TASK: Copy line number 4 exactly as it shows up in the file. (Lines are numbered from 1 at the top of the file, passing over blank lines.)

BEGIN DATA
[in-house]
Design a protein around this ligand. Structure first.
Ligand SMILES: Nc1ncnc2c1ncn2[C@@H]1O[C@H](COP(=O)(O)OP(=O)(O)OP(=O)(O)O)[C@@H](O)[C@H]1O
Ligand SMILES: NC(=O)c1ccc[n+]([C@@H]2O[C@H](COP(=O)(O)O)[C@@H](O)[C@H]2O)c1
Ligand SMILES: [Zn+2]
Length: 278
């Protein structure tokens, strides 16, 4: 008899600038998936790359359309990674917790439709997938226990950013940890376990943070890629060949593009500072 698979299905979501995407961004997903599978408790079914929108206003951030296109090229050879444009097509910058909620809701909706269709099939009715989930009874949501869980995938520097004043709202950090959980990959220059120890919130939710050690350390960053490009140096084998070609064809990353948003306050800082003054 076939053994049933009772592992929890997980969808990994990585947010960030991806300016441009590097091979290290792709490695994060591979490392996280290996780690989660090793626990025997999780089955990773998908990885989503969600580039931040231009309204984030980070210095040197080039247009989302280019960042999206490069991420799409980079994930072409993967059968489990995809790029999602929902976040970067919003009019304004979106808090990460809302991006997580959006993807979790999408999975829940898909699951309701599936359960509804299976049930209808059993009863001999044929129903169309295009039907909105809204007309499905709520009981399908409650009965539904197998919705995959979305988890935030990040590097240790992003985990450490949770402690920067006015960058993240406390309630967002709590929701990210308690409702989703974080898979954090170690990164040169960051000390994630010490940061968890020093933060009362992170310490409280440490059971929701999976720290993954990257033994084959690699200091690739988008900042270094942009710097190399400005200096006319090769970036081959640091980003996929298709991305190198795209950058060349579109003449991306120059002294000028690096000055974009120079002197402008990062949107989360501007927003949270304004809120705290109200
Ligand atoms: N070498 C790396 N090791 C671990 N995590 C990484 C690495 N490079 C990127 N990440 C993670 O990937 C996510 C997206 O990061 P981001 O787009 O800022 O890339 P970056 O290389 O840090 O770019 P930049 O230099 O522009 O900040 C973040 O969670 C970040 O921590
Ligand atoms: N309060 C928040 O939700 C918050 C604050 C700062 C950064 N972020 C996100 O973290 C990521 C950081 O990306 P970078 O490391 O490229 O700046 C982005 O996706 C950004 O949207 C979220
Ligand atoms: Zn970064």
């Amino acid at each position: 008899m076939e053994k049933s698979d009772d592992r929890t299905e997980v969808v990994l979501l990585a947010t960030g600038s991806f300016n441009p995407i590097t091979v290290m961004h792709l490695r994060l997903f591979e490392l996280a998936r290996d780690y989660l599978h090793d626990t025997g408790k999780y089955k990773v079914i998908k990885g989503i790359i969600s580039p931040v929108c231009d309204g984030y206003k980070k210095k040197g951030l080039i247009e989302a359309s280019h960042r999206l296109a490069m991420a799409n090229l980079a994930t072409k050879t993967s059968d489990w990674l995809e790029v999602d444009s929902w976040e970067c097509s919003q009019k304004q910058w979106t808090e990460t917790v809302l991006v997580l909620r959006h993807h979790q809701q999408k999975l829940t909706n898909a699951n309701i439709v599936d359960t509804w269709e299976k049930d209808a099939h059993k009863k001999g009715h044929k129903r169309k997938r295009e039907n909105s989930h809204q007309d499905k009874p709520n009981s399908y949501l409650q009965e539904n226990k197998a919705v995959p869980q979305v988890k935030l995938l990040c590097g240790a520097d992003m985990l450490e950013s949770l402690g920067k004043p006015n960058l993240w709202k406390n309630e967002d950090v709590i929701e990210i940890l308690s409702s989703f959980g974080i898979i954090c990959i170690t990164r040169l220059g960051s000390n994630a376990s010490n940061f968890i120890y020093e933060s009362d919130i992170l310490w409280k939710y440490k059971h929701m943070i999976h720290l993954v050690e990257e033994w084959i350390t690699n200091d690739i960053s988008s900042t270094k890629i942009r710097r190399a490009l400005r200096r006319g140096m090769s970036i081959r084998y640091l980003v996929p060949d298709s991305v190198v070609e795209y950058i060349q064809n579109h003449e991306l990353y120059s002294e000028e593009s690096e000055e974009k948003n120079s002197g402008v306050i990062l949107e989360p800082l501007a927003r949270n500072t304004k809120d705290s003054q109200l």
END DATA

Ligand SMILES: NC(=O)c1ccc[n+]([C@@H]2O[C@H](COP(=O)(O)O)[C@@H](O)[C@H]2O)c1